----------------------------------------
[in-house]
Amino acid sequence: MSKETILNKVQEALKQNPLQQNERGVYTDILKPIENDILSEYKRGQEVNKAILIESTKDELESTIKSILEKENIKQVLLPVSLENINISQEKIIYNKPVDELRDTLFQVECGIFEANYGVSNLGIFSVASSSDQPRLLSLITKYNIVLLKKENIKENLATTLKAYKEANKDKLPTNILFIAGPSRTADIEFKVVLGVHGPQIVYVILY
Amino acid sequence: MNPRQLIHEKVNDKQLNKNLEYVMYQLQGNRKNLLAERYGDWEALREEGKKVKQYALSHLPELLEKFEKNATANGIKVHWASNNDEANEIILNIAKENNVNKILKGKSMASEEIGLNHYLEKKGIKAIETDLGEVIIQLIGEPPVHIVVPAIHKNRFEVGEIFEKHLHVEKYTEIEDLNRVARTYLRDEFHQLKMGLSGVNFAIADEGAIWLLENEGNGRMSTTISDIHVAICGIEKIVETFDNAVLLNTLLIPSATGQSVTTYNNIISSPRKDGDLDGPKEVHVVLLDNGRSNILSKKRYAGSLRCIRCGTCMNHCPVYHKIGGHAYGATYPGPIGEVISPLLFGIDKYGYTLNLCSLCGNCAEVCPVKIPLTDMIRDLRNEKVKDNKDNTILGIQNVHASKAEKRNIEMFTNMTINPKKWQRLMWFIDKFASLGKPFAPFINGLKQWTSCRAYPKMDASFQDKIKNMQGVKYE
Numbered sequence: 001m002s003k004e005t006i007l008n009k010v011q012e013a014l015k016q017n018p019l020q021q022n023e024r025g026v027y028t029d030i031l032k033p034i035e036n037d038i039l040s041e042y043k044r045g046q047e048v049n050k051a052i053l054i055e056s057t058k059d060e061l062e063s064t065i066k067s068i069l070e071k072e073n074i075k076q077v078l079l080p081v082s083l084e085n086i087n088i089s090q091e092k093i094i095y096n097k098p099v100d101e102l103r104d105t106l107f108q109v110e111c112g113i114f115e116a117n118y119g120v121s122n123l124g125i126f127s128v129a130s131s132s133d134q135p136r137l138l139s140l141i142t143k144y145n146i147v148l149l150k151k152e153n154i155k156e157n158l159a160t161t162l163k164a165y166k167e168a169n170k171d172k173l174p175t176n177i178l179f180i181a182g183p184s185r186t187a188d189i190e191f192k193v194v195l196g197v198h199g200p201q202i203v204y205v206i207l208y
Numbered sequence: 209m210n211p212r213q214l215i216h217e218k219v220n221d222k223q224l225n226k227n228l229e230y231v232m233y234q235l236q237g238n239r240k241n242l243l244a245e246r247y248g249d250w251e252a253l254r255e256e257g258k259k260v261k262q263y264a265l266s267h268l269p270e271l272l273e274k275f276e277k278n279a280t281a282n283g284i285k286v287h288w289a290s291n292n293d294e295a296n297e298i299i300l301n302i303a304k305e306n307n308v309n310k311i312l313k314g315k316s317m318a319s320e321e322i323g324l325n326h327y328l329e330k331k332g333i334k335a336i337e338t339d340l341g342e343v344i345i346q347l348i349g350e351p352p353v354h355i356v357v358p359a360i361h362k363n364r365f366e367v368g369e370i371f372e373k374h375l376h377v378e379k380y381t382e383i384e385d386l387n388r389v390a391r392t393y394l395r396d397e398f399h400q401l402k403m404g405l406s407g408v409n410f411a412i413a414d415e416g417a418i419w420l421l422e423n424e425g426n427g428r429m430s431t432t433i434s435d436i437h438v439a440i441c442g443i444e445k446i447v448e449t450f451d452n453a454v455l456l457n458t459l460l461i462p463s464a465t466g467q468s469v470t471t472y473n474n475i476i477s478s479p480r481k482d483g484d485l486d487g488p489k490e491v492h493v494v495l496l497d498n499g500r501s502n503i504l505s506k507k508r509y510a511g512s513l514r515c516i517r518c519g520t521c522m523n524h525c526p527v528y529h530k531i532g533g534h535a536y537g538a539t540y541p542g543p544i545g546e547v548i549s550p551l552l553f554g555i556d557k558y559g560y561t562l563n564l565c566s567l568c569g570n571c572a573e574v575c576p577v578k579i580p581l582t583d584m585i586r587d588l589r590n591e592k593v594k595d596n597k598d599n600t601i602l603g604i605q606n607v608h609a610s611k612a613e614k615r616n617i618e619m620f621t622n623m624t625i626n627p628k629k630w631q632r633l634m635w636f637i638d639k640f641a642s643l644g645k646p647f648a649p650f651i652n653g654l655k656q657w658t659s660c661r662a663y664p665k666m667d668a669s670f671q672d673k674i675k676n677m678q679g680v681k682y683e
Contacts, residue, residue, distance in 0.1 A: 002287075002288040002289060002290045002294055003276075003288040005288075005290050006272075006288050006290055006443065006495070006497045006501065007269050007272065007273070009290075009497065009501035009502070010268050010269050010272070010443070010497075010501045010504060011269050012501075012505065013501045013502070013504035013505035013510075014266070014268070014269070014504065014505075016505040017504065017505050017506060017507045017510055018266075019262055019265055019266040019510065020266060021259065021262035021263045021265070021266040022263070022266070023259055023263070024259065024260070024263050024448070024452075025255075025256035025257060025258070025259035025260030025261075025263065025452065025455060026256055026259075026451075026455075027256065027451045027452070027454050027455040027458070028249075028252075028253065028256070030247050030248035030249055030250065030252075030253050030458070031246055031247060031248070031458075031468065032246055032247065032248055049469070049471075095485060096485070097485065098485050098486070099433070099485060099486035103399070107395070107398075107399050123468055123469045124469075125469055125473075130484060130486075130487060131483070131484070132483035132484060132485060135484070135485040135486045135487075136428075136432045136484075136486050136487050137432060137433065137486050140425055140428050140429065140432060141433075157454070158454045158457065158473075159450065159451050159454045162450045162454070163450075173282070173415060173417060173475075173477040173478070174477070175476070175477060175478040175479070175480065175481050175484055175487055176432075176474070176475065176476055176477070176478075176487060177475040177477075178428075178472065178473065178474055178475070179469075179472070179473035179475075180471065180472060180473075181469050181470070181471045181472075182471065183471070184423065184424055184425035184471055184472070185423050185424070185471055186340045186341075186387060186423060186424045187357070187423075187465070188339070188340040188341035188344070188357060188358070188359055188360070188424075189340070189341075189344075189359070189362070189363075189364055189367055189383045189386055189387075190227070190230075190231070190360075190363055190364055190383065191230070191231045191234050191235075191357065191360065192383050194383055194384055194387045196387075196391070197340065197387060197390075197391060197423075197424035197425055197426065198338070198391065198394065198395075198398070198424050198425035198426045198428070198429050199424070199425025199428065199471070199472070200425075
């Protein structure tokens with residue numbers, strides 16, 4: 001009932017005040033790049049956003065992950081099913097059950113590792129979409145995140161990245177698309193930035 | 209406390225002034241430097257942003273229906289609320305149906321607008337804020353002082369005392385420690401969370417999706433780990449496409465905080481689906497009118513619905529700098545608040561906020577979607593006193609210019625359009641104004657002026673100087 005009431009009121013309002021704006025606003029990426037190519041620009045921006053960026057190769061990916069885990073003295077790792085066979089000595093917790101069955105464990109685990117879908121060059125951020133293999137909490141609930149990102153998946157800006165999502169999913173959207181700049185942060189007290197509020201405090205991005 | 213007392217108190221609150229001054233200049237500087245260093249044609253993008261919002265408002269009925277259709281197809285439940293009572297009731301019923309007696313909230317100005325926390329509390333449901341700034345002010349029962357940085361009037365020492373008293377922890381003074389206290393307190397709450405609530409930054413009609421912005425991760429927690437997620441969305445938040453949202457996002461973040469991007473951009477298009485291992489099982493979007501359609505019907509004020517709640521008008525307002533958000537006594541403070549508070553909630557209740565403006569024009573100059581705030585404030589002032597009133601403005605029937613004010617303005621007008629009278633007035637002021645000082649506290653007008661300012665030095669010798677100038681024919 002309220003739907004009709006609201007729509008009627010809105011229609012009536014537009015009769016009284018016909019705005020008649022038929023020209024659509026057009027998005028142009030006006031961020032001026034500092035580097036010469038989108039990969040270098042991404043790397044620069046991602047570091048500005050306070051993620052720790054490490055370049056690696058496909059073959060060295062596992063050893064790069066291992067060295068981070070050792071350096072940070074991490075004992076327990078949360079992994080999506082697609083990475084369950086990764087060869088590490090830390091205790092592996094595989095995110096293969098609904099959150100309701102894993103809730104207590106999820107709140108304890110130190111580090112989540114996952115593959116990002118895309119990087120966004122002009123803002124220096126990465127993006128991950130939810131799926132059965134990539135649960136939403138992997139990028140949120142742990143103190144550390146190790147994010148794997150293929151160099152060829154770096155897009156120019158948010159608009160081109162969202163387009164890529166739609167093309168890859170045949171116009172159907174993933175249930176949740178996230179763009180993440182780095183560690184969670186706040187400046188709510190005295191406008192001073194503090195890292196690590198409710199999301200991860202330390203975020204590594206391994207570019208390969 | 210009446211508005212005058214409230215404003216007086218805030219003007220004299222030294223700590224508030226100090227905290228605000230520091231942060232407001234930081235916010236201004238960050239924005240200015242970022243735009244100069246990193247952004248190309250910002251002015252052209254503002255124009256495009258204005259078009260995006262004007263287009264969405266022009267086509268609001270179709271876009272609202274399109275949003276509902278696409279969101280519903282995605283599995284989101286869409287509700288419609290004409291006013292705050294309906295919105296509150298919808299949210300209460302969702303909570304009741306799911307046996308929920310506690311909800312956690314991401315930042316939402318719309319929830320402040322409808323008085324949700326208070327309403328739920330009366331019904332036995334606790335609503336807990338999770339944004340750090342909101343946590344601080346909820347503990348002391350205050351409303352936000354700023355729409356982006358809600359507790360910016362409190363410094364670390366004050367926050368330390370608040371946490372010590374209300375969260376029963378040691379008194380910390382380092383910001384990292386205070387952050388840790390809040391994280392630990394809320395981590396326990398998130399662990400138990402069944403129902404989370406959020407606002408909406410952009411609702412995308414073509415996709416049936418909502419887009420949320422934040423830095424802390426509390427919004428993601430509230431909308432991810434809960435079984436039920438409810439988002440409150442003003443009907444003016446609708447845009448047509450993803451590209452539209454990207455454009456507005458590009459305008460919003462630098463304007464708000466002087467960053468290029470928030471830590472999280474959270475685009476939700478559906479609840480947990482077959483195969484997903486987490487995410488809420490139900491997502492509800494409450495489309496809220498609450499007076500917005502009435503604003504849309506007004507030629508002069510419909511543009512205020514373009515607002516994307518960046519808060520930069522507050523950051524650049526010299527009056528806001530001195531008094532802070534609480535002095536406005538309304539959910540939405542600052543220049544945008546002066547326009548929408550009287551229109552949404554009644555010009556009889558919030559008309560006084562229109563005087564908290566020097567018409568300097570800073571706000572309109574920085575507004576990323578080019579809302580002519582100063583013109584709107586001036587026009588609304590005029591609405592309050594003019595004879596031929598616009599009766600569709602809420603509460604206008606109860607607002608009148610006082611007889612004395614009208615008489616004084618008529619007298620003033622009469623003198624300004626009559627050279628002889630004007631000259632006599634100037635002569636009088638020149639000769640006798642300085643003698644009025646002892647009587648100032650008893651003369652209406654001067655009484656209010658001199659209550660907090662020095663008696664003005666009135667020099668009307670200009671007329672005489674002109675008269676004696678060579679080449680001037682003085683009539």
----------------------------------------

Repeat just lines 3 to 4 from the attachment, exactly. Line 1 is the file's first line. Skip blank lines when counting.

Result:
Amino acid sequence: MNPRQLIHEKVNDKQLNKNLEYVMYQLQGNRKNLLAERYGDWEALREEGKKVKQYALSHLPELLEKFEKNATANGIKVHWASNNDEANEIILNIAKENNVNKILKGKSMASEEIGLNHYLEKKGIKAIETDLGEVIIQLIGEPPVHIVVPAIHKNRFEVGEIFEKHLHVEKYTEIEDLNRVARTYLRDEFHQLKMGLSGVNFAIADEGAIWLLENEGNGRMSTTISDIHVAICGIEKIVETFDNAVLLNTLLIPSATGQSVTTYNNIISSPRKDGDLDGPKEVHVVLLDNGRSNILSKKRYAGSLRCIRCGTCMNHCPVYHKIGGHAYGATYPGPIGEVISPLLFGIDKYGYTLNLCSLCGNCAEVCPVKIPLTDMIRDLRNEKVKDNKDNTILGIQNVHASKAEKRNIEMFTNMTINPKKWQRLMWFIDKFASLGKPFAPFINGLKQWTSCRAYPKMDASFQDKIKNMQGVKYE
Numbered sequence: 001m002s003k004e005t006i007l008n009k010v011q012e013a014l015k016q017n018p019l020q021q022n023e024r025g026v027y028t029d030i031l032k033p034i035e036n037d038i039l040s041e042y043k044r045g046q047e048v049n050k051a052i053l054i055e056s057t058k059d060e061l062e063s064t065i066k067s068i069l070e071k072e073n074i075k076q077v078l079l080p081v082s083l084e085n086i087n088i089s090q091e092k093i094i095y096n097k098p099v100d101e102l103r104d105t106l107f108q109v110e111c112g113i114f115e116a117n118y119g120v121s122n123l124g125i126f127s128v129a130s131s132s133d134q135p136r137l138l139s140l141i142t143k144y145n146i147v148l149l150k151k152e153n154i155k156e157n158l159a160t161t162l163k164a165y166k167e168a169n170k171d172k173l174p175t176n177i178l179f180i181a182g183p184s185r186t187a188d189i190e191f192k193v194v195l196g197v198h199g200p201q202i203v204y205v206i207l208y